[ Digital cinema, democratization, and other trends remaking the movies ]

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Monday, November 27, 2006

Monday links: Survey suggests as online video viewing increases, TV viewing drops...and more

- This Reuters piece suggests that Brits are watching less television as their consumption of online video increases. From the piece:

    The ICM poll of 2,070 people for the BBC found that some 43 percent of Britons who watch video from the Internet or on a mobile device at least once a week said they watched less traditional TV as a result.

    Three quarters of users said they now watched more TV online or on mobiles than they did a year ago.

    Online video viewers are still a minority though, with just 9 percent saying they go online regularly to watch clips.

- This piece about the Carmike Theatres chain installing digital projectors in Virginia makes the important observation that digital movies aren't yet being transmitted to theaters by satellite.

- More on d-cinema for my Canadian friends: apparently, the Royal Theatre in Toronto (built in 1939) is reopening next month, with digital projection capabilities. The company behind the project is Theatre D Digital, a post-production firm. Here's more (in PDF form) from the Globe and Mail.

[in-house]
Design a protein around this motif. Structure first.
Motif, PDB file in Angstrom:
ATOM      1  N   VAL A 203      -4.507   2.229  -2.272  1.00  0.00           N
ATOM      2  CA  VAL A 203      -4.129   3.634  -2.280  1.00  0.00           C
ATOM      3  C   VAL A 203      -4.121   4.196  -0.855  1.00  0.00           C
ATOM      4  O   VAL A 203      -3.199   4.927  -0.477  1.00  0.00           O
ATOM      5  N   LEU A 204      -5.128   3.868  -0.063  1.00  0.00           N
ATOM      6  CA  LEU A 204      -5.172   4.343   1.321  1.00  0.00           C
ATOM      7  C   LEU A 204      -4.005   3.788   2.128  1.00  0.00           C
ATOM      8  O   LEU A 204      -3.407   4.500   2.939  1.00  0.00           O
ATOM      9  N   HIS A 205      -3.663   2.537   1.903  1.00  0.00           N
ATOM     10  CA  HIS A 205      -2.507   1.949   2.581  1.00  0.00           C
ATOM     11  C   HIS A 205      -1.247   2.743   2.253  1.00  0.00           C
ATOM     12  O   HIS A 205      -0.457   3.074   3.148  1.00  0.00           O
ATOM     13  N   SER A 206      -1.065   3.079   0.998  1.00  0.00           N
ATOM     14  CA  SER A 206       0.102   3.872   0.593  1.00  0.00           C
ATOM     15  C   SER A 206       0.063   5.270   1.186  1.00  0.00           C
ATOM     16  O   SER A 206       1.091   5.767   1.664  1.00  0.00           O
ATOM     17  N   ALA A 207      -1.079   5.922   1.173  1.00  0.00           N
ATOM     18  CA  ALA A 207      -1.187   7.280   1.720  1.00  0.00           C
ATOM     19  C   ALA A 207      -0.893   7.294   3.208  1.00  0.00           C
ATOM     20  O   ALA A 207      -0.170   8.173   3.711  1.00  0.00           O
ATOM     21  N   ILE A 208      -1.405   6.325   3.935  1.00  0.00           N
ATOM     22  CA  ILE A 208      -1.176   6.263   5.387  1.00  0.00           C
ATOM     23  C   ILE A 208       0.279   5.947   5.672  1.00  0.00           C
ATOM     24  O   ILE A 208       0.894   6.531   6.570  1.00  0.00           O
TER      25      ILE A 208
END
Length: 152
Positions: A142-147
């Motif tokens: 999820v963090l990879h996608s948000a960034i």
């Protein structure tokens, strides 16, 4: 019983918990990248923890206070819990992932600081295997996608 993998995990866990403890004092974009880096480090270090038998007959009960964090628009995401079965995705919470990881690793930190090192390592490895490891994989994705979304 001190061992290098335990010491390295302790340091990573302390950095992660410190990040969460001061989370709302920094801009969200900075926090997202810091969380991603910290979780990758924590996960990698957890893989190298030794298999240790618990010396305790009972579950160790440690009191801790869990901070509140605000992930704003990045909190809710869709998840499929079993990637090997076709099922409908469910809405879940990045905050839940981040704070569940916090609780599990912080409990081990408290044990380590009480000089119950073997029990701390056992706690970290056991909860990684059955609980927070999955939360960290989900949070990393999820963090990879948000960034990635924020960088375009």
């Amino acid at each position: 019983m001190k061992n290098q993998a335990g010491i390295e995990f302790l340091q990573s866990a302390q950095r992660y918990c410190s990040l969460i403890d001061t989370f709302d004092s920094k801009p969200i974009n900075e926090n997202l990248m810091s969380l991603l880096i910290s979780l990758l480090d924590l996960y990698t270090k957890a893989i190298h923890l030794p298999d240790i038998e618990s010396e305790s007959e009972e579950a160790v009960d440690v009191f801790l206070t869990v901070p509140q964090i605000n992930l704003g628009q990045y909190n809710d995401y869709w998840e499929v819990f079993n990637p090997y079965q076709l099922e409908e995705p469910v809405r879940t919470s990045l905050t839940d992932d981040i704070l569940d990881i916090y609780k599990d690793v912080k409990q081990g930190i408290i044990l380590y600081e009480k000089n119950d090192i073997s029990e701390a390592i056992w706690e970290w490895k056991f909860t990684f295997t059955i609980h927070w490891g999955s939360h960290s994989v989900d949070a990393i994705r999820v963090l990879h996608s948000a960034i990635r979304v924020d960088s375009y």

- Carson Daly seems to get that Web content requires much lower production costs. From a Hollywood Reporter piece, via CNET:

    "I can't compete with the Dick Wolfs of the world and those producing The Office or My Name Is Earl," Daly said. "We don't have a tremendous amount of money, which leads me back to the Internet because with $5,000, we can do a lot now."

    Though well situated in the TV world though a production deal at NBC Universal Television Studio, Daly has chosen to focus his production company on Internet projects. In June, it awarded 20-year-old Brooke Brodack a talent/development deal on the strength of her video commentaries on YouTube. It was the first time an established Hollywood figure struck a formal arrangement with an unknown off the Internet.

    Daly has since used Brodack's madcap style on a Web site he launched with NBC Universal, It's Your Show, which rewards video contributors with cash prizes.

- A historical blast from the past... Check out this Quicktime movie, made by the Lumiere brothers and shown in Paris in December 1895 -- the very first time that tickets were sold for a movie show. Then have a look at this YouTube video. Does every young medium go through its hose-spraying phase?